Researchers at Mount Sinai Hospital have developed new software technology to treat patients suffering from major depressive disorder without medication—and the results are comparable to drug therapy, Marla Durben Hirsch writes for Hospitals & Health Networks.
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What does it do?
The software, called Emotional Faces Memory Task (EFMT), is a software application that asks patients to assess a series of faces, identify emotions presented on those faces, and then identify how many preceding faces in the series displayed the same type of emotions.
According to Durben Hirsch, the app is designed to help users balance their brain activity and curb abnormal thinking patterns. The app helps users with major depressive disorder—a mental health condition linked to obsessive focus on the negative—by engaging their emotional processing and cognitive control simultaneously. That simultaneous engagement, Durben Hirsch reports, enables individuals to shift their attention from negative thoughts.
Positive results so far
According to Durben Hirsch, patients in a clinical trial reported a 42 percent reduction in major depressive disorder symptoms after six weeks, compared with the control group's reported reduction of such symptoms by 15.7 percent. The results, Durben Hirsch reports, are comparable to drug therapy for depression.
Brian Iacoviello—one of the developers of EFMT, an assistant professor of psychiatry at Mount Sinai, and the director of scientific affairs at Click Therapeutics—said, "We need new and better ways to treat depression." He added, "This research is novel because it's not just about cognition, it's more about cognition for emotionally salient information. People get stuck on negative thoughts."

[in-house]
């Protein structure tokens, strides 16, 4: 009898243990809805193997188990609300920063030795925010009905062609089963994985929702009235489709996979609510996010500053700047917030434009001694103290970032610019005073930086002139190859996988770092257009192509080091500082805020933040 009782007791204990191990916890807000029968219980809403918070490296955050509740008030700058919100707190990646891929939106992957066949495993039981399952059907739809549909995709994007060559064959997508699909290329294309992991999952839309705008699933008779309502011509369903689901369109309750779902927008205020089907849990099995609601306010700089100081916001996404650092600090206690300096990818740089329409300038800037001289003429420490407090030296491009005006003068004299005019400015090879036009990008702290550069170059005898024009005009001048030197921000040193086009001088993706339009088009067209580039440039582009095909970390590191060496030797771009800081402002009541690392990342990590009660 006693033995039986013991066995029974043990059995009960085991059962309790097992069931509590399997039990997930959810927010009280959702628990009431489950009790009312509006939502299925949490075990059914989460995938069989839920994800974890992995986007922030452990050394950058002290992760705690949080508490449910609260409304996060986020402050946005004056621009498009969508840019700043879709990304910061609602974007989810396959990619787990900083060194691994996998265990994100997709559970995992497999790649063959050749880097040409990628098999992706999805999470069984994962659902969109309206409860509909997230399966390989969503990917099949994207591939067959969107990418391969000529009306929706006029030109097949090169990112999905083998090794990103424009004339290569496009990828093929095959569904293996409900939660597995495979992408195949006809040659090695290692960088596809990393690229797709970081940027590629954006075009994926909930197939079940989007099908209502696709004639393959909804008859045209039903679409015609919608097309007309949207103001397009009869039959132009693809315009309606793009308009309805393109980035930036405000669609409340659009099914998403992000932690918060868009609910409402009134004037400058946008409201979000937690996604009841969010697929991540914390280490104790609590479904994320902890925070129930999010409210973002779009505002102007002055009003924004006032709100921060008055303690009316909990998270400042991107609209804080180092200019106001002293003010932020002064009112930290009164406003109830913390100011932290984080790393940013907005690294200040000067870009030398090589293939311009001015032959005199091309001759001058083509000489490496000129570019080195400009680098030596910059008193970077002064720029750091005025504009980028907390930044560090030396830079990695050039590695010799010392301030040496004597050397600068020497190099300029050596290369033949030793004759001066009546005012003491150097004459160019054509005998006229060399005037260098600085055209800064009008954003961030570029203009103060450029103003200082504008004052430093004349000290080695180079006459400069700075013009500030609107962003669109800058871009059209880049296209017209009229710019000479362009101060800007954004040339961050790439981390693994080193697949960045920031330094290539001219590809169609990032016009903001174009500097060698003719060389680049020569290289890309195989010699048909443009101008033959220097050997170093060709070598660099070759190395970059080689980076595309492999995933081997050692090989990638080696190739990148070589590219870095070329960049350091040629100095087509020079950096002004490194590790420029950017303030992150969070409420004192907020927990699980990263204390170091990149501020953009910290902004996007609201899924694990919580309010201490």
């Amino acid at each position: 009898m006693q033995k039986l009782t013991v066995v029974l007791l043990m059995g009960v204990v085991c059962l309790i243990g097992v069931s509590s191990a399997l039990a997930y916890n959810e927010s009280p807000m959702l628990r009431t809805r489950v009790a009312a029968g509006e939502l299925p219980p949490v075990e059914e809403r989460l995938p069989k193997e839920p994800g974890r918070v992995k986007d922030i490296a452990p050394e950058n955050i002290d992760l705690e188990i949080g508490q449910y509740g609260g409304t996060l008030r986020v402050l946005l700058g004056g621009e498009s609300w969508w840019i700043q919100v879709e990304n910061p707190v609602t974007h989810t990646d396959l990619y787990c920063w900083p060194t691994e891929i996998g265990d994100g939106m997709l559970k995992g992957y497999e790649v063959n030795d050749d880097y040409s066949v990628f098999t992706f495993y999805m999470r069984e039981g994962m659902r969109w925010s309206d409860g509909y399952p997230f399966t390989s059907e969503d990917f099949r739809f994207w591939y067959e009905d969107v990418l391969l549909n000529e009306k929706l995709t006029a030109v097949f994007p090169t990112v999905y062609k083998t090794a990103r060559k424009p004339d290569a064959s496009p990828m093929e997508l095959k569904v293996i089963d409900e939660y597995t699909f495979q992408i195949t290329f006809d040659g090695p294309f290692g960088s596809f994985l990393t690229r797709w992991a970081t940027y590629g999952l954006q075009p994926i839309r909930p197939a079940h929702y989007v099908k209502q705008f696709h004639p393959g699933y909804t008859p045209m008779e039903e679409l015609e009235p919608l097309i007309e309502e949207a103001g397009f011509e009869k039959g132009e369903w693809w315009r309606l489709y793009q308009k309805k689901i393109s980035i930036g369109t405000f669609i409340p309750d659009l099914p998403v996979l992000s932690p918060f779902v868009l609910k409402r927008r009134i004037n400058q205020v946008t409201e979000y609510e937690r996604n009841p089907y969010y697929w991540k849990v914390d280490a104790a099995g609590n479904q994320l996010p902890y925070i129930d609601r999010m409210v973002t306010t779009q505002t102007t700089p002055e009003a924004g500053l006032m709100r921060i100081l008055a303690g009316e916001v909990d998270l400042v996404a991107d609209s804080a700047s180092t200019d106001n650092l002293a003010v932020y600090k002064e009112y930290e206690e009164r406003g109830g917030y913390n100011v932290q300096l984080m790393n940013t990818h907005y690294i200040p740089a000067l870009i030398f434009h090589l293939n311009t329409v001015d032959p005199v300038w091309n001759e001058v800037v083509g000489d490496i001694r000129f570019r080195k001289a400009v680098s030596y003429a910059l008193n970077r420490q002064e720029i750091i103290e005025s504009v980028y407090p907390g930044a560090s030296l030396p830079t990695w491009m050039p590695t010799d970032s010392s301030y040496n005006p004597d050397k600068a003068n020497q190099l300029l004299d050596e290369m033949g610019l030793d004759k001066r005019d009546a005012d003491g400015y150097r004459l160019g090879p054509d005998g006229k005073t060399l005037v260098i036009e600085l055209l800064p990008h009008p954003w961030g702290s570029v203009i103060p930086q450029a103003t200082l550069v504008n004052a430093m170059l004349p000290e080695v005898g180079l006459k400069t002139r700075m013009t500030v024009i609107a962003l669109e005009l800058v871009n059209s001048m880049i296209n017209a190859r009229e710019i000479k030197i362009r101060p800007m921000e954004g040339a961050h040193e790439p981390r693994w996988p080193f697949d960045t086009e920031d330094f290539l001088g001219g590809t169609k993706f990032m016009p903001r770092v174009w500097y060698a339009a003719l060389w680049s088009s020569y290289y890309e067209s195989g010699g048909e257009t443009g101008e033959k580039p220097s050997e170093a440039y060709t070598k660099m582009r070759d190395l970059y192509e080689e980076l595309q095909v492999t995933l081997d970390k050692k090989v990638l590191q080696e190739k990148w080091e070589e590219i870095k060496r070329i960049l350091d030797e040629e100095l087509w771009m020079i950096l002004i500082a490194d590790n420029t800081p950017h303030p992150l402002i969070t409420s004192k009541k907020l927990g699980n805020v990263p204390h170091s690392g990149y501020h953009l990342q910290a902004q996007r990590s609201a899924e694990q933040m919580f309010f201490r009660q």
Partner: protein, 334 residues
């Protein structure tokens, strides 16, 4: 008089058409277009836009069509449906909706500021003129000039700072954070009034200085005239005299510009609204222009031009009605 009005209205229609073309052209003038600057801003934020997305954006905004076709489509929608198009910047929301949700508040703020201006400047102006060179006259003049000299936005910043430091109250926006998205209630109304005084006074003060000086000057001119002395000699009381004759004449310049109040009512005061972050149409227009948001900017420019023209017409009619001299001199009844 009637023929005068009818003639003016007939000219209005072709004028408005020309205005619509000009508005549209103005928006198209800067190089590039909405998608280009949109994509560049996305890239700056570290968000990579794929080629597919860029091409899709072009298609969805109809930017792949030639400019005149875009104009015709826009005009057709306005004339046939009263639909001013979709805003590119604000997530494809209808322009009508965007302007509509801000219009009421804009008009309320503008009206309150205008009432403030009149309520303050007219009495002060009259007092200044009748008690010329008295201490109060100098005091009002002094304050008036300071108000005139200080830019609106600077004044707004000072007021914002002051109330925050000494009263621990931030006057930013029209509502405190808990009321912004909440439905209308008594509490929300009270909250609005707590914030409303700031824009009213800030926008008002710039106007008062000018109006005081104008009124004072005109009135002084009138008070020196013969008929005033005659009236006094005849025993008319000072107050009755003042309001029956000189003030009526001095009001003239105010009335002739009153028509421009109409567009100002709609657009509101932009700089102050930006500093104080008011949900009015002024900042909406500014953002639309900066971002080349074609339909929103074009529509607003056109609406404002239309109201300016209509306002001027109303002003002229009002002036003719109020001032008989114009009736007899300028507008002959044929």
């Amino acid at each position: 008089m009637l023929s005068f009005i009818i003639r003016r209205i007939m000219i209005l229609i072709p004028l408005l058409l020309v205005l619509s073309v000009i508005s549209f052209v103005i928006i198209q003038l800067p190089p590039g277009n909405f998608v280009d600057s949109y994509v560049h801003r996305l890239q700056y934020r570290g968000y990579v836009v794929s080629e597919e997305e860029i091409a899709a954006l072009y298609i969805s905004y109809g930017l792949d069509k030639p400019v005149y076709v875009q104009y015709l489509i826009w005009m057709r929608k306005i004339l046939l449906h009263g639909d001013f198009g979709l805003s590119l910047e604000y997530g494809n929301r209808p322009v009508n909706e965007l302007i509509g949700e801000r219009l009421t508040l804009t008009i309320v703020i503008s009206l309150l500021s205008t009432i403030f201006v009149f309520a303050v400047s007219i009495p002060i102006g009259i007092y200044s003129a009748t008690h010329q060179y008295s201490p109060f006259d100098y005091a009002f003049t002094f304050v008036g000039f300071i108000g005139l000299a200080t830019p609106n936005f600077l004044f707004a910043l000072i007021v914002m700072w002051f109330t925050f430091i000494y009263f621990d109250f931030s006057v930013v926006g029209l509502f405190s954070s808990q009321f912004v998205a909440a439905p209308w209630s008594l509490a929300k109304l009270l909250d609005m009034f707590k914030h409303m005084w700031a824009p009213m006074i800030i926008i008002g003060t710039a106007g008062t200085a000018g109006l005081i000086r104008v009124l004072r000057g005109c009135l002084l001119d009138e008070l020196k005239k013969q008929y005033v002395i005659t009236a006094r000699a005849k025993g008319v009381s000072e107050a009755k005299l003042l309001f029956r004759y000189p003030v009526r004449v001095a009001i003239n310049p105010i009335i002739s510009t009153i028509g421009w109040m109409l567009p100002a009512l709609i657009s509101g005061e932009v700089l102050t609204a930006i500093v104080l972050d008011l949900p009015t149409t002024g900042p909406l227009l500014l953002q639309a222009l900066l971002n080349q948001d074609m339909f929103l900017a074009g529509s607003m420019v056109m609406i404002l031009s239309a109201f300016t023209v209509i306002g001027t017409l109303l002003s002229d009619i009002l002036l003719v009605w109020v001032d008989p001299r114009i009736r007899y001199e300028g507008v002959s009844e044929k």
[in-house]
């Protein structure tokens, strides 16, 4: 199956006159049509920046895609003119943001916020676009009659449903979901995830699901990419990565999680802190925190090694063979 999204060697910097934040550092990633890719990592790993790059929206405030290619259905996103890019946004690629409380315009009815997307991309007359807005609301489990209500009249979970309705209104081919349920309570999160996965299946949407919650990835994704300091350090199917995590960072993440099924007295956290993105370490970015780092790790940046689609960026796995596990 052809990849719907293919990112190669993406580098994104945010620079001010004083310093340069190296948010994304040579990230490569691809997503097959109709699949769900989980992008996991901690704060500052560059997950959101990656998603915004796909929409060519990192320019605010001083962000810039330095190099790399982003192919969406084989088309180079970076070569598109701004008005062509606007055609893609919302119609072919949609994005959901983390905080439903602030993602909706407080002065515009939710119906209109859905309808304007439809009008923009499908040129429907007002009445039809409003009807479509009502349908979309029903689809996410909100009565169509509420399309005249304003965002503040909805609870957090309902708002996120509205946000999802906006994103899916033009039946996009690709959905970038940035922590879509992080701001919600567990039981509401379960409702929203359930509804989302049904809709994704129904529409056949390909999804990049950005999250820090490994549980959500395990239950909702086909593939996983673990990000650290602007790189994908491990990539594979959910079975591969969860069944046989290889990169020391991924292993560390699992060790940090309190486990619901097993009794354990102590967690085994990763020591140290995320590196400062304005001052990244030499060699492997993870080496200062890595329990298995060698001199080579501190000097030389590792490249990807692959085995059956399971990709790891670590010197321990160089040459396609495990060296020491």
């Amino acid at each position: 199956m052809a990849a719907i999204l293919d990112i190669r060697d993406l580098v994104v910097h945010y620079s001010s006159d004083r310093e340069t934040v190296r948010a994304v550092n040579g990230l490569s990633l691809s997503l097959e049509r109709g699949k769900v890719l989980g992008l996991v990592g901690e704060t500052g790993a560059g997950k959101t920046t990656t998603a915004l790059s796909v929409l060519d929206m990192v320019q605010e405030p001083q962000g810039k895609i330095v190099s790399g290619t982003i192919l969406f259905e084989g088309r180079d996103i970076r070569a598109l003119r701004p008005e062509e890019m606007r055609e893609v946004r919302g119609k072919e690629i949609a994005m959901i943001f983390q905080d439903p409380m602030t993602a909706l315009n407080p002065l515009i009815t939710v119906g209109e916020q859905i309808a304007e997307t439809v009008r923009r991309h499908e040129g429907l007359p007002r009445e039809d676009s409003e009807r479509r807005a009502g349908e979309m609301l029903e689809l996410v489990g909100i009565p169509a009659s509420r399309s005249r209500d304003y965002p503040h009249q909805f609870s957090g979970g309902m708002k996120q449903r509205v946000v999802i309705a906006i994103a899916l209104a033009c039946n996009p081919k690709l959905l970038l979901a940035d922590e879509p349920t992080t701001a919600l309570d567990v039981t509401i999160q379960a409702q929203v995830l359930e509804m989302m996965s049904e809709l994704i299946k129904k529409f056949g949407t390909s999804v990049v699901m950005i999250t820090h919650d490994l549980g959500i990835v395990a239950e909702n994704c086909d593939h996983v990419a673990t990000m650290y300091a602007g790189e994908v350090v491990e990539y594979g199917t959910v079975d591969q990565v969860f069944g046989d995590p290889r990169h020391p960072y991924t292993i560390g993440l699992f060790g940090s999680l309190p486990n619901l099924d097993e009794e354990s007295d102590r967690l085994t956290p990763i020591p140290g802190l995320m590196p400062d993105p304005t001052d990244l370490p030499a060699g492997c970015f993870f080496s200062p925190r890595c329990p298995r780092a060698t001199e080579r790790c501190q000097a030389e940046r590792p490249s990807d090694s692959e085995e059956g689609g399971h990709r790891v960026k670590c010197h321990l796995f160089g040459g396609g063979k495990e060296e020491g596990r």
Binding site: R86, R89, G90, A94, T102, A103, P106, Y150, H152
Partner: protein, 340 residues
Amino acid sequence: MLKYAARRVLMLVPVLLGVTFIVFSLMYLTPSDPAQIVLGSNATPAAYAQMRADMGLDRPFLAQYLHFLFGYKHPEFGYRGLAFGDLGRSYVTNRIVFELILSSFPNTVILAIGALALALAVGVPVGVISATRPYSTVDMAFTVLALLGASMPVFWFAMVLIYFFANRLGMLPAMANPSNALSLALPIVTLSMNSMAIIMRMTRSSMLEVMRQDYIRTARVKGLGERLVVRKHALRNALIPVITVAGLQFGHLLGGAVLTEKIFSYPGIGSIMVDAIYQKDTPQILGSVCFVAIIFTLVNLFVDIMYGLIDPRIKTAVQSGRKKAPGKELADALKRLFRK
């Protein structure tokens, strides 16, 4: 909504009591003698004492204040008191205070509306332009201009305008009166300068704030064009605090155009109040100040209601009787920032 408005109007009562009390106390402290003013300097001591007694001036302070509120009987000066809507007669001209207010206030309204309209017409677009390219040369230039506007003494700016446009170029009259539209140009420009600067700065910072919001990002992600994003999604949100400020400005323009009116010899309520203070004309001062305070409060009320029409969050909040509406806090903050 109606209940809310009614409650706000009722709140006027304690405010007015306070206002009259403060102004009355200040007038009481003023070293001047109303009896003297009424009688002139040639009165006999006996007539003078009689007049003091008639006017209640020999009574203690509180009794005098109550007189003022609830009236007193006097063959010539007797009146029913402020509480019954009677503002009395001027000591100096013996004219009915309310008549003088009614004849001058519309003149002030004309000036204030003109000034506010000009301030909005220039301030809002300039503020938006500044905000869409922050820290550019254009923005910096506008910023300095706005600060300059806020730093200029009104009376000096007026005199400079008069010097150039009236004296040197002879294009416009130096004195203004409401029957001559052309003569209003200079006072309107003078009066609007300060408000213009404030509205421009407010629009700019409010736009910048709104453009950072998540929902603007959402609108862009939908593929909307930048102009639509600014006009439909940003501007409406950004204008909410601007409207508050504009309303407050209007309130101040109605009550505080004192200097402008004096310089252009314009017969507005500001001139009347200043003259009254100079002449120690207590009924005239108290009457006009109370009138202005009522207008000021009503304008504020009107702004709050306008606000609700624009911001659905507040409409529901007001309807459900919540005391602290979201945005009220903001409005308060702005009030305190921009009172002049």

Click Therapeutics and Mount Sinai Innovation Partners (MSIP) have now teamed up to further develop the app and introduce it to the market, according to MSIP SVP Erik Lium. According to Click Therapeutics CEO David Klein, digital therapeutics such as EMFT also could be used to treat people for other conditions, such as tobacco use, difficulty sleeping, or heart health conditions.
Iacoviello said hospitals could employ the software in several ways. "For a lot of folks, psychotherapy is expensive and a big time commitment," Iacoviello said. "It's good to have another option that is not medication." Moreover, according to Iacoviello, since the software is a digital technology, patients could access it in their homes and other non-hospital settings (Durben Hirsch, Hospitals & Health Networks, 8/4).
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